Many argue that without free will, we are left having to admit we’re all essentially automated machines with no sense of purpose. If we are not free, why fight so hard to live? Why live at all?
But what is so wrong with an illusion?
The very best magic shows are those with illusions that appear so real that you can’t comprehend how they are possible. That you know it is an illusion doesn’t detract from your enjoyment – in fact, it heightens it.
When you consider what makes life enjoyable, its easy to come up with a short list of items everyone agrees on. We all want to be happy, we enjoy certain emotions, and we seek emotional and physical satisfaction. There is love.
Nothing listed in the prior paragraph changes by recognizing that free will is an illusion. For instance, you don’t need to explain the cause of a good mood to enjoy its benefits.
Whether you are a machine, a simulation, or just dreaming, all of these sensations and the enjoyment you derive from them remain the same.
Some will argue that lacking free will removes incentive. Yet paradoxically it’s the opposite. Continuously recognizing that your thoughts are tied to prior causes encourages you to treat your thoughts and actions with extreme care.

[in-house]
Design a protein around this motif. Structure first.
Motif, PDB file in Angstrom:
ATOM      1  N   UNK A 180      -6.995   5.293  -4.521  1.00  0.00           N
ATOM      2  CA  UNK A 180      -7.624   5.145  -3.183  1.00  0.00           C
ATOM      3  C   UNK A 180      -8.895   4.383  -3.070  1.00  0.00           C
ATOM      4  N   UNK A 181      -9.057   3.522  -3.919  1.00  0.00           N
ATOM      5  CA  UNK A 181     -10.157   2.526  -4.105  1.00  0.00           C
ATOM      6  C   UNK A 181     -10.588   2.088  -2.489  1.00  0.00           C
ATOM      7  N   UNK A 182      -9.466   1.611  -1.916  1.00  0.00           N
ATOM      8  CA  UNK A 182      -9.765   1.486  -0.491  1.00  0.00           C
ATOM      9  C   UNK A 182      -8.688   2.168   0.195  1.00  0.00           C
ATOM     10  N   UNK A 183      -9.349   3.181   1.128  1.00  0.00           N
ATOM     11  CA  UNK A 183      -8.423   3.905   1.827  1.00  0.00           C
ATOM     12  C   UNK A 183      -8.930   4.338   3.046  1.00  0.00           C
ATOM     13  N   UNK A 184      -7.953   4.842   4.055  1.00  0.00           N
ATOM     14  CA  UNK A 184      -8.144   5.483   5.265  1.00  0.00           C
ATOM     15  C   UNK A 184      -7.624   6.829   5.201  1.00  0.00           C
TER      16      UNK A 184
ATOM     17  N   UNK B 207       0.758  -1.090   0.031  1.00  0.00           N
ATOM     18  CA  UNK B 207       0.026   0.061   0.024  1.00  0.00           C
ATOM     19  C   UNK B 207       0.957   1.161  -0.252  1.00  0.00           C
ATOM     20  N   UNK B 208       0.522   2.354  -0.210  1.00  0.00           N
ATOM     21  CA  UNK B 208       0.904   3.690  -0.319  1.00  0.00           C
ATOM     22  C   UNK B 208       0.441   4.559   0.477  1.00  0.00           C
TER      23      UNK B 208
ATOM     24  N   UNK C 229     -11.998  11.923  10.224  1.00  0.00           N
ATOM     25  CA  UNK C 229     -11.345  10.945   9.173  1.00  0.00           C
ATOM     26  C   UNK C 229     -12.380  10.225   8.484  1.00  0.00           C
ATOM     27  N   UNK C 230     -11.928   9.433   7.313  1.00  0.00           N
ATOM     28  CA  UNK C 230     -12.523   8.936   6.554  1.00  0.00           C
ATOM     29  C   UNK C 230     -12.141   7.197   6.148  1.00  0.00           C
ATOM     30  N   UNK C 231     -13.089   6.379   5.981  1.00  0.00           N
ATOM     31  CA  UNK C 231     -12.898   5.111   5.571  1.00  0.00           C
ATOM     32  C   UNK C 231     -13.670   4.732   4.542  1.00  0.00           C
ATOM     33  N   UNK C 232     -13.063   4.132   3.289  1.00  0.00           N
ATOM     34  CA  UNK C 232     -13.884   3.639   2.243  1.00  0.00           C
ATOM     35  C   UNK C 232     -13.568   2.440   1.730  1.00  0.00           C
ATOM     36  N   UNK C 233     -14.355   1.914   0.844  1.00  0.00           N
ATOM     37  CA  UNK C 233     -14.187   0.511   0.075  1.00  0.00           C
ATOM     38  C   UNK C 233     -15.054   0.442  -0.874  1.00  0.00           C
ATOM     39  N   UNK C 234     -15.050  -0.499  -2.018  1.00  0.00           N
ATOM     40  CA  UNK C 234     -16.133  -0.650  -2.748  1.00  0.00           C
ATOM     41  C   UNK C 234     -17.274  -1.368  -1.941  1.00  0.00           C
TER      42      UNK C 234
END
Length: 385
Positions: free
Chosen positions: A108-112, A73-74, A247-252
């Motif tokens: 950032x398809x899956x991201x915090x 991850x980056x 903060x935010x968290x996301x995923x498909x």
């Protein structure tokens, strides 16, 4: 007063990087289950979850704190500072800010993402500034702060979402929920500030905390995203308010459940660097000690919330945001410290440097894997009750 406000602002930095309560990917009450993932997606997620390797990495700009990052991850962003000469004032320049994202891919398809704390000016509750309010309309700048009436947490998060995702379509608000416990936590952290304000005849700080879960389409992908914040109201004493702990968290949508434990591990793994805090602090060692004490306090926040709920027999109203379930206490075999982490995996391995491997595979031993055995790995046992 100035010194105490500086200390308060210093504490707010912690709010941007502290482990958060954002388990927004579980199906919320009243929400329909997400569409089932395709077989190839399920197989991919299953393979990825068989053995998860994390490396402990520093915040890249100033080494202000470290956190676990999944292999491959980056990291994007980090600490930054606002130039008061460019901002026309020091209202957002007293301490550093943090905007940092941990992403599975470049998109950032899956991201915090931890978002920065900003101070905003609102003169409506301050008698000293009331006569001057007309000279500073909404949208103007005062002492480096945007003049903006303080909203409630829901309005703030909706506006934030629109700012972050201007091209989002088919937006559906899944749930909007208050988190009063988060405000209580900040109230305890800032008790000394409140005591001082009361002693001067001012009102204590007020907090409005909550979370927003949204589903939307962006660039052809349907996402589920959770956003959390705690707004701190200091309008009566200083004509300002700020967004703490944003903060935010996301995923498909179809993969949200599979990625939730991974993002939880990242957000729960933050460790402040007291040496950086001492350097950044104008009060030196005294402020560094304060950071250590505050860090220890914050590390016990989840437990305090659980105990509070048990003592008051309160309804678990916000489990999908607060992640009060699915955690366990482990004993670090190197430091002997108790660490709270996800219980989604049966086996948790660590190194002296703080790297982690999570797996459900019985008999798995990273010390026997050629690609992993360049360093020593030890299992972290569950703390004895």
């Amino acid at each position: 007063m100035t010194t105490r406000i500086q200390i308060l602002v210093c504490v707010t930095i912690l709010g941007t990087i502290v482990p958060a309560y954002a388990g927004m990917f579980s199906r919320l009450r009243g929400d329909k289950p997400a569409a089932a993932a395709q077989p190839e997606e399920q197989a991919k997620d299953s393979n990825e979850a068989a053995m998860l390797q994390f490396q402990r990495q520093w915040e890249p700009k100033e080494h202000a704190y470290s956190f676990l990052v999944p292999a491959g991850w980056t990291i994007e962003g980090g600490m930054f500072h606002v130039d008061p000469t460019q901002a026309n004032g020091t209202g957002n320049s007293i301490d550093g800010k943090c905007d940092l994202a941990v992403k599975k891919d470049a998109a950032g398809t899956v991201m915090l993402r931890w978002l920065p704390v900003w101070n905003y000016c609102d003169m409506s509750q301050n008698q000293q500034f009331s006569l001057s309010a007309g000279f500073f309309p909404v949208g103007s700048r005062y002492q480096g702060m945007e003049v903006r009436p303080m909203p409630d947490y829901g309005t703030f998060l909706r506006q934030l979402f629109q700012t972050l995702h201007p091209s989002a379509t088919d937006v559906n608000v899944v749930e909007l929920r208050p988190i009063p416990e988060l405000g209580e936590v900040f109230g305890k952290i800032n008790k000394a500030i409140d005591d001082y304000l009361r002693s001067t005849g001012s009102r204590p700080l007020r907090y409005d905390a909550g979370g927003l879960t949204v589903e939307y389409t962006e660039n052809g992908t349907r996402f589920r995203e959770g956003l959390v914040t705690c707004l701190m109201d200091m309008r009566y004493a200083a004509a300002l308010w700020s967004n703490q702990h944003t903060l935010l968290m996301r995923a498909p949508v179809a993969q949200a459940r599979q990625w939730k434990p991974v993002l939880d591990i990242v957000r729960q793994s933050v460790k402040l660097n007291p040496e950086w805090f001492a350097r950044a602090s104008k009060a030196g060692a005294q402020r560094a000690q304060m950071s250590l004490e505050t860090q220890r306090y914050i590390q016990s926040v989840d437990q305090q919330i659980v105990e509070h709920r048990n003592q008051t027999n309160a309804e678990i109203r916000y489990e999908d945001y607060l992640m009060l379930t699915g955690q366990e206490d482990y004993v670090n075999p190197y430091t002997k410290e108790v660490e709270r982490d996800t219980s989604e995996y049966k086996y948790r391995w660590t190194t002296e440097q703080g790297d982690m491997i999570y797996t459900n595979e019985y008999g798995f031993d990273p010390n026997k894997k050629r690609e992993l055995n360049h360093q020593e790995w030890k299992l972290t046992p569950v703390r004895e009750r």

Though you can justifiably claim that your desires and abilities are entirely the result of genetics, upbringing, and prior influences, in this moment, what you do with those desires and abilities is what will determine your future level of happiness.
This remains true whether or not you appreciate the illusion of free will. No matter how you spin it, the best part is that you get front row seats to this marvelous adventure called life.
Many refuse to consider the idea that free will is an illusion on the basis that it leads to an unappealing conclusion. It is hard to accept an idea that on the outset seems so dreadful – who wants to admit they lack free will? Yet disliking the consequences of a concept says nothing about its veracity.
For clarity, I am referring to the dictionary definition of free will: “The ability to make choices unimpeded by prior causes”.
For this to be possible, you would need to be aware of all the factors that determine your thoughts and actions, and you would need to have complete control over those factors.
In any given moment, despite thoughts constantly popping into your head for reasons you cannot explain or control, you’re still prone to think you’re not tied to prior causes. This speaks to the strength of the illusion.